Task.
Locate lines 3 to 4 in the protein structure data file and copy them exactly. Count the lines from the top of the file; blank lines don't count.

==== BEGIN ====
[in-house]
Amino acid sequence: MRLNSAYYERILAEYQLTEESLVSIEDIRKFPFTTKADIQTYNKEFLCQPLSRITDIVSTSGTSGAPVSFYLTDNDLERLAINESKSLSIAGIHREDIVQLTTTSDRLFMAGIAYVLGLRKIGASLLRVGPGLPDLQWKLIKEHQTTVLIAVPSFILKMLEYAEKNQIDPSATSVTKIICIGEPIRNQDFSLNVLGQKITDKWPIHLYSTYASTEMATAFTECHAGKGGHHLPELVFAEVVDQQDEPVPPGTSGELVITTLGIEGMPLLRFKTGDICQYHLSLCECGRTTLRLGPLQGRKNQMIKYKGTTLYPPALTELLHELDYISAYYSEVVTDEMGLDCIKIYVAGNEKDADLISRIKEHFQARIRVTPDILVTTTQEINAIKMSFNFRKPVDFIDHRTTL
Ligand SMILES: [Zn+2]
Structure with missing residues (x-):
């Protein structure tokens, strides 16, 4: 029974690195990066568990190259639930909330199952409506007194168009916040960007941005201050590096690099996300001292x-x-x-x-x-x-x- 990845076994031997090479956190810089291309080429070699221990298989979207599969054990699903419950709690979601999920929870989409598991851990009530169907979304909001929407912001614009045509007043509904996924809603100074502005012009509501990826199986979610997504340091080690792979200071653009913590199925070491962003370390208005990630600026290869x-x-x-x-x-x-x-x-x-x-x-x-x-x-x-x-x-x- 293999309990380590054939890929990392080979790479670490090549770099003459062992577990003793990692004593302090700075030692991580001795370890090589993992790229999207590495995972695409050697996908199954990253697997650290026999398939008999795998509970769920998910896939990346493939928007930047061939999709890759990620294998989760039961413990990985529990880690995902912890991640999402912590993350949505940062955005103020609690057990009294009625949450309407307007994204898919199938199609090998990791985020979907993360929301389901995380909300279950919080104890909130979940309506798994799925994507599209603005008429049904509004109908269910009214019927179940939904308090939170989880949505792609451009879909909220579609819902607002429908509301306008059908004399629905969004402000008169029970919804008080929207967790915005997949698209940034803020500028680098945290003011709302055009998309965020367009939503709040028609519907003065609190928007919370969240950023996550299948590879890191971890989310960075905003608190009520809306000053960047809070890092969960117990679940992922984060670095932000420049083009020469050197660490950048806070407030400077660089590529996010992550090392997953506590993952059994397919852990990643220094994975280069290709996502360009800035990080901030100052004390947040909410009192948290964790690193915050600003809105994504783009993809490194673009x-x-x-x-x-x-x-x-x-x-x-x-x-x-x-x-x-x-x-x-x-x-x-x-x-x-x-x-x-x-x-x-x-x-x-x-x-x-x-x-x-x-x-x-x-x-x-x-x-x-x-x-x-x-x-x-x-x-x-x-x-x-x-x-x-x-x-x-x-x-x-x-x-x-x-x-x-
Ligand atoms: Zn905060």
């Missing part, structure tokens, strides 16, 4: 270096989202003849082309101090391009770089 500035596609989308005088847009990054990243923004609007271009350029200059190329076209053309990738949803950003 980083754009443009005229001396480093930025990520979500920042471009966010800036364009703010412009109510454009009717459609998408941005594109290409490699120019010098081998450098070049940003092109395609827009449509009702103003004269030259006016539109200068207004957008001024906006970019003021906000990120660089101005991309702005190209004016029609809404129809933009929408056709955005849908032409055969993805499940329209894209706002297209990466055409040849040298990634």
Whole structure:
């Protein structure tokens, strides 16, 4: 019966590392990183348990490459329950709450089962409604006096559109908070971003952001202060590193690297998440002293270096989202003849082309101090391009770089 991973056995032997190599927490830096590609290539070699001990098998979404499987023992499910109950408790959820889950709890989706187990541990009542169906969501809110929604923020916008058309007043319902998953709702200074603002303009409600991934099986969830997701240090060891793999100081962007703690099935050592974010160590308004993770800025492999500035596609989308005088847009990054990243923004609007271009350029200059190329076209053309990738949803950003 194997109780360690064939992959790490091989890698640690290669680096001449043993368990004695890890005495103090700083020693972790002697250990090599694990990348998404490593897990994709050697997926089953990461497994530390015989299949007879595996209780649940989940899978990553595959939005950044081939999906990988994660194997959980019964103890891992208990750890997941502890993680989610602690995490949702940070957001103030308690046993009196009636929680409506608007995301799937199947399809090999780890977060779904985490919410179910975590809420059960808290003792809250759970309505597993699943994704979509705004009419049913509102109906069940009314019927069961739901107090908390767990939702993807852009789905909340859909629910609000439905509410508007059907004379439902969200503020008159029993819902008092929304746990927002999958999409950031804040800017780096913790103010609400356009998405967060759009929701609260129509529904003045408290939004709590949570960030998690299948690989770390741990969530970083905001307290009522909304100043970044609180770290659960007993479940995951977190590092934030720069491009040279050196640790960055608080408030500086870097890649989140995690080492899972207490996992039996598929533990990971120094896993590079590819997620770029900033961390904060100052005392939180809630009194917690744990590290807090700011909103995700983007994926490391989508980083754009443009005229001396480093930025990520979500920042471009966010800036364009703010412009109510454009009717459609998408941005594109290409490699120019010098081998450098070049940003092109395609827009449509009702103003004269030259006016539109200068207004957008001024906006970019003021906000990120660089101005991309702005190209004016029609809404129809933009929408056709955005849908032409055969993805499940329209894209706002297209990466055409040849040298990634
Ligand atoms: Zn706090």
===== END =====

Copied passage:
Ligand SMILES: [Zn+2]
Structure with missing residues (x-):